Sunday, January 13, 2008

The Midwest Farmer's Daughter says...

... "It's a long row to hoe."

It's not a long road to hoe.
No one hoes a road.
You hoe a row.
Up here northern midwest, it's a row of beans, usually.
Sometimes beets.
Occasionally, corn.

Those lines you see in a field of lovely crops?
Each line is a row.
And when you are a farmer, you conceive lots and lots of children, so you have lots and lots of people to walk up and down each row and chop out the weeds with a hoe.

When there are a lot of weeds in the row of crops which you are assigned to hoe, that is a long row to hoe.
When you stand on one end of your field and you can't see the other end because of the curvature of the earth, that is a long row to hoe.

Say, for instance, you are a presidential hopeful campaigning in a state which favors one of your opponents. You would then have a long row to hoe. You may even have a long road ahead.

But you never have a long road to hoe.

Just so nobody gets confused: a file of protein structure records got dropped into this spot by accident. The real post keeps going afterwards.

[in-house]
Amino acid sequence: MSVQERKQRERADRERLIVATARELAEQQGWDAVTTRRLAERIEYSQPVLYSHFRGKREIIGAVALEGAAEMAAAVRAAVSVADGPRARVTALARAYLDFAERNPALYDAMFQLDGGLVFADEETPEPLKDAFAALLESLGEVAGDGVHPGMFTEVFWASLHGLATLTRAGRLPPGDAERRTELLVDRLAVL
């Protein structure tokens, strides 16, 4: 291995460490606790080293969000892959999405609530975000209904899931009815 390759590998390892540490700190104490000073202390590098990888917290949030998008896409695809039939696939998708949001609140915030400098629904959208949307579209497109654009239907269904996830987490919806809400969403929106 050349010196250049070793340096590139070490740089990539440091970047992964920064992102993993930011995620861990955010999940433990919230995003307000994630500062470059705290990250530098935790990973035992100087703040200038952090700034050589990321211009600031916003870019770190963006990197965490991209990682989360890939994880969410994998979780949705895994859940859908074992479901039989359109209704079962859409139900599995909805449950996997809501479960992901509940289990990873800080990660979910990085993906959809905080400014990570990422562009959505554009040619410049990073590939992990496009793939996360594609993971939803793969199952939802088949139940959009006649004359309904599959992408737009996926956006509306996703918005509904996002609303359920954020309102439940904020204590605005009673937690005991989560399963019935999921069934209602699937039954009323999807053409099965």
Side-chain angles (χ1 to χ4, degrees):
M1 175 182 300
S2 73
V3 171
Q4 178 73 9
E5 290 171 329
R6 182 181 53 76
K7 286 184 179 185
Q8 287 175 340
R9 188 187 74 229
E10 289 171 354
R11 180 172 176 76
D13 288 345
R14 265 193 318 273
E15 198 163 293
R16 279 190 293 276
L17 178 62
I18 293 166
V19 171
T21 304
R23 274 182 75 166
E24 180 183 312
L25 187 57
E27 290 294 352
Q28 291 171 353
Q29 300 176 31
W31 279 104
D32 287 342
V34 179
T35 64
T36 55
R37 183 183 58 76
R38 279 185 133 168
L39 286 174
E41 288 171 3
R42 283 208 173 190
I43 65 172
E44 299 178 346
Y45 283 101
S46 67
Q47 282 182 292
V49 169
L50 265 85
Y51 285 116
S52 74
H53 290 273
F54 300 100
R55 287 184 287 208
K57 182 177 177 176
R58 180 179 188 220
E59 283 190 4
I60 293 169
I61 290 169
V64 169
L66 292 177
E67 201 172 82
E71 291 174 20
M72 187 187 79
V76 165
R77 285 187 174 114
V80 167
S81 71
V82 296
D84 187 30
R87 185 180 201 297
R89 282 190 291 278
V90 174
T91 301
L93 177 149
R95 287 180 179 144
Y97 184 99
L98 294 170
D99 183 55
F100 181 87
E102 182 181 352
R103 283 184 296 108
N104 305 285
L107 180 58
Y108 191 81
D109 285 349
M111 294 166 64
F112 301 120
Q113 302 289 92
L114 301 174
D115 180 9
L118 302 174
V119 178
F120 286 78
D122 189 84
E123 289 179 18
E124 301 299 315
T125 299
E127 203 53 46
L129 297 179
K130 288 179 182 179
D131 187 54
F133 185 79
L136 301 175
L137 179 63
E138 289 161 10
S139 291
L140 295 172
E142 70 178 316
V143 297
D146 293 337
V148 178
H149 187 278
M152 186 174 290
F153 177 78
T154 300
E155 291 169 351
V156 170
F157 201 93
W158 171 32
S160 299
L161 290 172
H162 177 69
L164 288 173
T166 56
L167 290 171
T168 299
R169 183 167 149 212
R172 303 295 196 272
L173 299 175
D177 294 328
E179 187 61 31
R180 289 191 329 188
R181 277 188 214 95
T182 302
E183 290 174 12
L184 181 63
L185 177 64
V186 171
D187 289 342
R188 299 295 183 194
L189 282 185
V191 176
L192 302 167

Trust me, no one hoes a road.

Carry on...

8 comments:

Oddybobo said...

You are right, but you forgot, there can often by hoes on the road, or by the side of the road, a corner of a road, sometimes in a house off a road . . . . I can go on for days dear!

oddybobo said...

The "by" was supposed to be "be" but could also be "buy" I suspect . . .

Thumper said...

If you drag a hooker behind you, are you then ho-ing a road?

tammi said...

That GOODNESS you cleared that up. I've been tryin' to explain that to folks for eons......

;-)

tammi said...

THANK not That.....man oh man oh man.....this has been a REALLY long day.

Sorry.....

Richmond said...

Heh - I am thinking you may have had a tough day...

Hoe's, rows, ho's and roads -oh my!

Roses said...

Ehem...

No comment about a ho that's been rode.

Lee Ann said...

So which particular news burp did you have to listen to over and over and over again until you cracked?

Having been there, I'm just guessing that's what set off this slight tangent of clarifications.

he he he, "a ho that's been rode".